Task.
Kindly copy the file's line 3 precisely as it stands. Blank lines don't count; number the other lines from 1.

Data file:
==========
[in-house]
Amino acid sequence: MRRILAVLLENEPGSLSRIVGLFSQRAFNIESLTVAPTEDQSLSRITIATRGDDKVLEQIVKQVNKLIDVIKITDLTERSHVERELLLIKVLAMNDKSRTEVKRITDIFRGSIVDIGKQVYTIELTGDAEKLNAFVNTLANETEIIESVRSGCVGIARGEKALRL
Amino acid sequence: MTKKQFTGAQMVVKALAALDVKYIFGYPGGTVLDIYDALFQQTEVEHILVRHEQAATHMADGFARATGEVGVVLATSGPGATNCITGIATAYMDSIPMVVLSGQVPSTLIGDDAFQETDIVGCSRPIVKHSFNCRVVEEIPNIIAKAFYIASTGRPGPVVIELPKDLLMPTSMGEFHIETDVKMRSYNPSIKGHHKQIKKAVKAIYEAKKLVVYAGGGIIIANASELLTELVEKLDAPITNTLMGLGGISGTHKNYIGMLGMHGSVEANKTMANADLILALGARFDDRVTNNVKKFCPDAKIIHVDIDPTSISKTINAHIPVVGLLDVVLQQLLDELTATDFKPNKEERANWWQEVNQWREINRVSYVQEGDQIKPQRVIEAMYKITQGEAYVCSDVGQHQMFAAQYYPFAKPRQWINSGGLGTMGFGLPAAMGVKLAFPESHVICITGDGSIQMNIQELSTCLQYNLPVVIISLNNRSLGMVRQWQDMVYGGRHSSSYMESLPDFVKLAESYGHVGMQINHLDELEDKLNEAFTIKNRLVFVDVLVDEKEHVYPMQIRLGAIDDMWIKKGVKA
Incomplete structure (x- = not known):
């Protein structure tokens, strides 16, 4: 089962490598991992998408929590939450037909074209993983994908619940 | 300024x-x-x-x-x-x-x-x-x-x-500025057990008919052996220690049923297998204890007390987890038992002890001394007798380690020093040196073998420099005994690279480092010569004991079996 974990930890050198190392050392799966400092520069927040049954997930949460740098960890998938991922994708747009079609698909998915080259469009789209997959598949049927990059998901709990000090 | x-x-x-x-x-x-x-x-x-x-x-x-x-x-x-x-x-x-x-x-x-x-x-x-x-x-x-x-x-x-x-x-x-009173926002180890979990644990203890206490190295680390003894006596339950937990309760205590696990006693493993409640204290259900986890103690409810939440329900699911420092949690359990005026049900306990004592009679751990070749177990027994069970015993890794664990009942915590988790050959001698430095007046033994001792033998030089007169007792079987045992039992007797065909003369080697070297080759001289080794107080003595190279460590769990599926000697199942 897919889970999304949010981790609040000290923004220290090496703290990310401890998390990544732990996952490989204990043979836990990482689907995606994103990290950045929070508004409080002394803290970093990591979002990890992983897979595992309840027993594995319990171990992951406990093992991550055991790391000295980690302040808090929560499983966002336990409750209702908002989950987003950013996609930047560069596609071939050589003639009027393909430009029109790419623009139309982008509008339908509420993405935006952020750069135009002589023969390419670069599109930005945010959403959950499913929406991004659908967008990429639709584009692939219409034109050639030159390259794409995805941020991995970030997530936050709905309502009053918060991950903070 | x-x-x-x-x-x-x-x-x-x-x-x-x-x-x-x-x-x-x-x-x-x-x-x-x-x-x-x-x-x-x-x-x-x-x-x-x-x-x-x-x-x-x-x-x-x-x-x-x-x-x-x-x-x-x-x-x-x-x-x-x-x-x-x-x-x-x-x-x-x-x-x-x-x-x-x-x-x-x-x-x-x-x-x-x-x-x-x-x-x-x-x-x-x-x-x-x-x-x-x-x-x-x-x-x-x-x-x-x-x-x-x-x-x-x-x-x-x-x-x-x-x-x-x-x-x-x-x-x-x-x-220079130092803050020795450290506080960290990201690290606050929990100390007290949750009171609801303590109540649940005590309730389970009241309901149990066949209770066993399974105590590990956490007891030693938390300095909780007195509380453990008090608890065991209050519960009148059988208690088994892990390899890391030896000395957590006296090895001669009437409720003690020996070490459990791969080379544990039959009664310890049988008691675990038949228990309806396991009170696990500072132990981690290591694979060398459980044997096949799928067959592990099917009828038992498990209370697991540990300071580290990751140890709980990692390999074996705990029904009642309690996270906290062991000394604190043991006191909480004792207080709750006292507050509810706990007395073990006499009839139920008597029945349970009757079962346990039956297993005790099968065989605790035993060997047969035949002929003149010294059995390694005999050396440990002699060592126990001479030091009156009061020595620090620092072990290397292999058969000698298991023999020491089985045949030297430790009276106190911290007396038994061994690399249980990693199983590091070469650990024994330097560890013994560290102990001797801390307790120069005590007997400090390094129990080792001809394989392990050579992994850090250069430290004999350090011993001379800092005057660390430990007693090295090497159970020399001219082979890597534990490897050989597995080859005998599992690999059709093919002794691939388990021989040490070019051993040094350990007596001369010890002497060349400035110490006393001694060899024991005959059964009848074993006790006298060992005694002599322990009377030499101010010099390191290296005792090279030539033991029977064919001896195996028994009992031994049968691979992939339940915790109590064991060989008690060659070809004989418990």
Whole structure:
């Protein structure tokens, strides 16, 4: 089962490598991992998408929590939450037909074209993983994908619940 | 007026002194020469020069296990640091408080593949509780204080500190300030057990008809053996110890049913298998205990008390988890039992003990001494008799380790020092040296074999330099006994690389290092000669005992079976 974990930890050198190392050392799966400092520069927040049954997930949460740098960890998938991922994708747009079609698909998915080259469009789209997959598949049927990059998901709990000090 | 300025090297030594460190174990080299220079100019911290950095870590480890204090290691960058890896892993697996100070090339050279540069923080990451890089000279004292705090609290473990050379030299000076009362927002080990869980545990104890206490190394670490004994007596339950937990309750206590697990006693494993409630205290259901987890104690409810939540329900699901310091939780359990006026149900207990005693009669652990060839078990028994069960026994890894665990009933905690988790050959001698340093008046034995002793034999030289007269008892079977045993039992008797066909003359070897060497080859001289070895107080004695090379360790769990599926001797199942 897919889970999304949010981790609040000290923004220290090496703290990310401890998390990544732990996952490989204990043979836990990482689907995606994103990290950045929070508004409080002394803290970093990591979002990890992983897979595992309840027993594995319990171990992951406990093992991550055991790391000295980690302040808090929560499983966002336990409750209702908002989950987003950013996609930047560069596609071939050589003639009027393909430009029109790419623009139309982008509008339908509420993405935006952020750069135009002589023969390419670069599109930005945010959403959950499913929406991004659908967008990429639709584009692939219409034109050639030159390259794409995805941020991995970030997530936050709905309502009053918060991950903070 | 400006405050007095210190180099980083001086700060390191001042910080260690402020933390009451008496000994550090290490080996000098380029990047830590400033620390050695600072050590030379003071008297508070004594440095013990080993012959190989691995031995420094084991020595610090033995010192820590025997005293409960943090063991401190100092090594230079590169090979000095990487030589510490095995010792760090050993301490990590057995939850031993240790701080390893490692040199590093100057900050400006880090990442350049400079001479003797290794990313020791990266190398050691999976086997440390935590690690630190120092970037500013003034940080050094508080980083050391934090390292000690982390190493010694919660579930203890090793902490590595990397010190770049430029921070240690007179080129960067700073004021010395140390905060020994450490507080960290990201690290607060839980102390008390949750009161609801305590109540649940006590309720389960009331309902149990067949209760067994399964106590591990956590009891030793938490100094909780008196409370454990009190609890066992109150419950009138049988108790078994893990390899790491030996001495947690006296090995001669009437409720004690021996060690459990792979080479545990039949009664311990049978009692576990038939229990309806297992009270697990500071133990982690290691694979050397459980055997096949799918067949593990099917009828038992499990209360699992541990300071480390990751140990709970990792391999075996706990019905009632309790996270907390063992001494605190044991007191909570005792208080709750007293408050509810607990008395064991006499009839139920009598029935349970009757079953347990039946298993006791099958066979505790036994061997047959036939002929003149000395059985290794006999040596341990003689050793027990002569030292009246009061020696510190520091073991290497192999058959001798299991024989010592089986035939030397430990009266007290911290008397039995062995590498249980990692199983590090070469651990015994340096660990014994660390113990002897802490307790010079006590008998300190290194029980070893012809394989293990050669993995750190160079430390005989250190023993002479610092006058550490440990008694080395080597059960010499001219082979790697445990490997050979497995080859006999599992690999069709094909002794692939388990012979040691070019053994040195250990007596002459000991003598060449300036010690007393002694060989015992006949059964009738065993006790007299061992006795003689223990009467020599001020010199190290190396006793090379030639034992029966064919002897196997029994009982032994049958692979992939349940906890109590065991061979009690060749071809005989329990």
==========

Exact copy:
Amino acid sequence: MTKKQFTGAQMVVKALAALDVKYIFGYPGGTVLDIYDALFQQTEVEHILVRHEQAATHMADGFARATGEVGVVLATSGPGATNCITGIATAYMDSIPMVVLSGQVPSTLIGDDAFQETDIVGCSRPIVKHSFNCRVVEEIPNIIAKAFYIASTGRPGPVVIELPKDLLMPTSMGEFHIETDVKMRSYNPSIKGHHKQIKKAVKAIYEAKKLVVYAGGGIIIANASELLTELVEKLDAPITNTLMGLGGISGTHKNYIGMLGMHGSVEANKTMANADLILALGARFDDRVTNNVKKFCPDAKIIHVDIDPTSISKTINAHIPVVGLLDVVLQQLLDELTATDFKPNKEERANWWQEVNQWREINRVSYVQEGDQIKPQRVIEAMYKITQGEAYVCSDVGQHQMFAAQYYPFAKPRQWINSGGLGTMGFGLPAAMGVKLAFPESHVICITGDGSIQMNIQELSTCLQYNLPVVIISLNNRSLGMVRQWQDMVYGGRHSSSYMESLPDFVKLAESYGHVGMQINHLDELEDKLNEAFTIKNRLVFVDVLVDEKEHVYPMQIRLGAIDDMWIKKGVKA